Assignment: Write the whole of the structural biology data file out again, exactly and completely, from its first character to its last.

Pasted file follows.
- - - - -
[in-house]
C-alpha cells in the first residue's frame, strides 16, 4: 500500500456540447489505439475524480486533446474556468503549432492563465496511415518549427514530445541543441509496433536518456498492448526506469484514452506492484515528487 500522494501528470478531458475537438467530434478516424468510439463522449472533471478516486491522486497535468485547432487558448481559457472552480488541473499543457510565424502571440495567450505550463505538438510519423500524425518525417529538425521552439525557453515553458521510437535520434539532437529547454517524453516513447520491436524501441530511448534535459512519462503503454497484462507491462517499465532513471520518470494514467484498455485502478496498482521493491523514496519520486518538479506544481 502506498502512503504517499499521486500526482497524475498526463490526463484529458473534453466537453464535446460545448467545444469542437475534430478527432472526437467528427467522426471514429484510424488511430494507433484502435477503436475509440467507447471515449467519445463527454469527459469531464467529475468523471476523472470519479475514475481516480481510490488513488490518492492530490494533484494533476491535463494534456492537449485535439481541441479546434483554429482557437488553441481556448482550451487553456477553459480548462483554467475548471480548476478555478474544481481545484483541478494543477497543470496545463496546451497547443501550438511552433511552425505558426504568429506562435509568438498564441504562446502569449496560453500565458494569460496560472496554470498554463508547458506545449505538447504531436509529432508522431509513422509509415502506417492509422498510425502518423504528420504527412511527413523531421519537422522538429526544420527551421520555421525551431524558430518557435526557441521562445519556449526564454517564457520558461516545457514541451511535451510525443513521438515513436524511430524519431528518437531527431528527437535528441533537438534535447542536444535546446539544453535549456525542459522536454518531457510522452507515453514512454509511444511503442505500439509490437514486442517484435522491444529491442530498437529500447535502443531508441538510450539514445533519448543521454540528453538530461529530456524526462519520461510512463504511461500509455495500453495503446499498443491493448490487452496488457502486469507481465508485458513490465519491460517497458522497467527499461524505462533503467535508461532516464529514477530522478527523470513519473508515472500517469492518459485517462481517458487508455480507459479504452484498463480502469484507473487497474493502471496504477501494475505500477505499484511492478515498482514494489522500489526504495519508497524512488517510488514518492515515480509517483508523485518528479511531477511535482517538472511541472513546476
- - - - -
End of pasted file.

[in-house]
C-alpha cells in the first residue's frame, strides 16, 4: 500500500456540447489505439475524480486533446474556468503549432492563465496511415518549427514530445541543441509496433536518456498492448526506469484514452506492484515528487 500522494501528470478531458475537438467530434478516424468510439463522449472533471478516486491522486497535468485547432487558448481559457472552480488541473499543457510565424502571440495567450505550463505538438510519423500524425518525417529538425521552439525557453515553458521510437535520434539532437529547454517524453516513447520491436524501441530511448534535459512519462503503454497484462507491462517499465532513471520518470494514467484498455485502478496498482521493491523514496519520486518538479506544481 502506498502512503504517499499521486500526482497524475498526463490526463484529458473534453466537453464535446460545448467545444469542437475534430478527432472526437467528427467522426471514429484510424488511430494507433484502435477503436475509440467507447471515449467519445463527454469527459469531464467529475468523471476523472470519479475514475481516480481510490488513488490518492492530490494533484494533476491535463494534456492537449485535439481541441479546434483554429482557437488553441481556448482550451487553456477553459480548462483554467475548471480548476478555478474544481481545484483541478494543477497543470496545463496546451497547443501550438511552433511552425505558426504568429506562435509568438498564441504562446502569449496560453500565458494569460496560472496554470498554463508547458506545449505538447504531436509529432508522431509513422509509415502506417492509422498510425502518423504528420504527412511527413523531421519537422522538429526544420527551421520555421525551431524558430518557435526557441521562445519556449526564454517564457520558461516545457514541451511535451510525443513521438515513436524511430524519431528518437531527431528527437535528441533537438534535447542536444535546446539544453535549456525542459522536454518531457510522452507515453514512454509511444511503442505500439509490437514486442517484435522491444529491442530498437529500447535502443531508441538510450539514445533519448543521454540528453538530461529530456524526462519520461510512463504511461500509455495500453495503446499498443491493448490487452496488457502486469507481465508485458513490465519491460517497458522497467527499461524505462533503467535508461532516464529514477530522478527523470513519473508515472500517469492518459485517462481517458487508455480507459479504452484498463480502469484507473487497474493502471496504477501494475505500477505499484511492478515498482514494489522500489526504495519508497524512488517510488514518492515515480509517483508523485518528479511531477511535482517538472511541472513546476